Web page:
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When you execute an action, there can be only one. However you can have many plans. In general, you have the expected plan, and a "Plan B".
Have a Plan B
The “eyes tight shut” approach is favored by ostriches with their heads in the sand
Plan A is what you intend to do. Plan B is what you will do if something unexpected happens (like a car pulling out in front of you). A Plan B is necessary because you can't take things for granted on the road. Plan Bs are always simple, but many riders dont have them. They don’t like to think about bad things that might happen. They feel that is negative, or that thinking about bad things causes them. This "eyes tight shut” approach is favored by ostriches with their heads in the sand. They ignore developing problems. However if you ignore problems when they are small, when they are large they will find you.
Ready riders use the eyes-wide-open approach
Ready riders use the eyes-wide-open approach. It considers all options, even the bad ones. You make a Plan B for the unexcpected. This gives you a choice if that situation arises. If it doesn't, what have you lost? It always pays to have a plan B.
Of course there are also combinations of the above, like swerve then stop, or swerve and horn. You choose what fits the multitide of situations. There is no formula, but some plan is better than no plan.
Swerve then stop
Swerving and stopping both require friction, of which the road has a limited amount, so it is best not to do both at once, or you will skid. Generally, you swerve to avoid, the straighten up and emergency stop. If you swerve to the side of a road into gravel or dirt, it is even more important to straighten before applying the brakes.
The commit point
When you go from plan to execute that is the commit point. Before the commit point you can change your mind, but after the commit point you cannot. Every action has two steps:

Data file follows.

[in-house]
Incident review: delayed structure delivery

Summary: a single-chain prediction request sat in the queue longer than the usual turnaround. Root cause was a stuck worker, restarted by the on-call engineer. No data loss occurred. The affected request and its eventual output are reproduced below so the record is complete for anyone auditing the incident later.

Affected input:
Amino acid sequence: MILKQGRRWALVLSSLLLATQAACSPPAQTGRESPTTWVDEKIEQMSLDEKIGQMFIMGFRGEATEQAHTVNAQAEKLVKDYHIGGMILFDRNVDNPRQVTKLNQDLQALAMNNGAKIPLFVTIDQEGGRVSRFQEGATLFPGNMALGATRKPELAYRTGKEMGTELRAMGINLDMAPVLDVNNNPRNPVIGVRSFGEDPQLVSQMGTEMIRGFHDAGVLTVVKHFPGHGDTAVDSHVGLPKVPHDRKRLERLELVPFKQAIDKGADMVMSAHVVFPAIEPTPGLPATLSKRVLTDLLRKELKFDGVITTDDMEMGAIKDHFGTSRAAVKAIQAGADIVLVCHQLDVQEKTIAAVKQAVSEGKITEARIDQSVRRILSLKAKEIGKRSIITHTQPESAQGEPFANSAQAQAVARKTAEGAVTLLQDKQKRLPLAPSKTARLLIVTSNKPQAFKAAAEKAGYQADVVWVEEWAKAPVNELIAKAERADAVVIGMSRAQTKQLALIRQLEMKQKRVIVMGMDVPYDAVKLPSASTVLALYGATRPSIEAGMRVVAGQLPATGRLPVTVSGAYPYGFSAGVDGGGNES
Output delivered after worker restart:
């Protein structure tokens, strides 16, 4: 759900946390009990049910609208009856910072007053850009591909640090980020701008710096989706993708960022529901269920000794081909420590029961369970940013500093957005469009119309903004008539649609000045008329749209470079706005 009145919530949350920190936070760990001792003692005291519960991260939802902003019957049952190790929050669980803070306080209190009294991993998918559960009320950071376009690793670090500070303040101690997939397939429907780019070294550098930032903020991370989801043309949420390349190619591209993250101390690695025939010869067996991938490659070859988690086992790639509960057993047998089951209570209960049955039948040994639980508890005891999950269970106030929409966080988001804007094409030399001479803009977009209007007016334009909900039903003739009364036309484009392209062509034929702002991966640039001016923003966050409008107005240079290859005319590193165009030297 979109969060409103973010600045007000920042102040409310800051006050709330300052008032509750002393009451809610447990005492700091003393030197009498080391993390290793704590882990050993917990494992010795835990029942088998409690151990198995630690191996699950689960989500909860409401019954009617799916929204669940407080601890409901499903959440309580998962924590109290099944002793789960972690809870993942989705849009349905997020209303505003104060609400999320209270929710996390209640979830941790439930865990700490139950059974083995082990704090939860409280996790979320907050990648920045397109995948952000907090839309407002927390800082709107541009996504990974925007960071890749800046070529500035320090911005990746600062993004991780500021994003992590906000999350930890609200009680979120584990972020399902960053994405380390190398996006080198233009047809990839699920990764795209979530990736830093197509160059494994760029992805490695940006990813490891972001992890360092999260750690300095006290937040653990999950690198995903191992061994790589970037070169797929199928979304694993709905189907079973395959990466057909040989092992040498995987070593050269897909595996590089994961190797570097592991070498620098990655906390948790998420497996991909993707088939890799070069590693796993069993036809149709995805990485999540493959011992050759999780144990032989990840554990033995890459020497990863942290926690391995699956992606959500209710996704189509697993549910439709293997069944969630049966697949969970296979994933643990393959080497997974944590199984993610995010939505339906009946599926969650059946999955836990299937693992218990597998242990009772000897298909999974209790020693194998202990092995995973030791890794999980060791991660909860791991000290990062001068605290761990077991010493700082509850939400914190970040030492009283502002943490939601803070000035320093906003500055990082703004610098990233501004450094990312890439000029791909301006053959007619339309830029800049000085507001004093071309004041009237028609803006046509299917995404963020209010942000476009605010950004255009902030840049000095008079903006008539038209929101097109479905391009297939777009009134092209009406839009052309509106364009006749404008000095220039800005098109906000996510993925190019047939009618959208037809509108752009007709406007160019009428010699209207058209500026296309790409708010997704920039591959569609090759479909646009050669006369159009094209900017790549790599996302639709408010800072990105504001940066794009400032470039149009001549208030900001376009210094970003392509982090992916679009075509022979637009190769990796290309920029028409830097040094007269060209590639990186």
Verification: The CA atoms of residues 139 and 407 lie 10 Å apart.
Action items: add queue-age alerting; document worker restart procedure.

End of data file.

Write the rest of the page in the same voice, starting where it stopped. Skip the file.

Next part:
When you turn, after the commit point go means go, and there is no “No”
For example in a right turn there is a moment before which you can not make the turn and after which you cannot. This is the commit point. If you stop before the commit point, there is no turn. You got ready to turn but didnt. If you stop after the commit point, you stop in the middle of your turn. If a vehicle suddenly appears, across your turn, you are like a sitting duck stopped in the middle of the road. If it is before the commit point, then brake, and let it go through. If it is after the commit point, then accelerate, and hope it misses you. If you accelerate before the commit point, you will turn into it. If you brake after the commit point, you stop in the turn, and it will hit you. When you turn, after the commit point go means go, and there is no “No”. Beginners,unaware of the commit point, make two types of errors:
The last minute decision
Suppose you are pulling out into busy traffic at night. Before you commit, you look to see the way is clear. After you commit, you accelerate to join the traffic flow. There are two problems. If you don’t look properly and commit too early, an oncoming car could wipe you out. You committed too early. However if you look and double check too much, the on some roads you be sitting there for hours. Now you could have gone, but didn’t, and are committing too late. In general,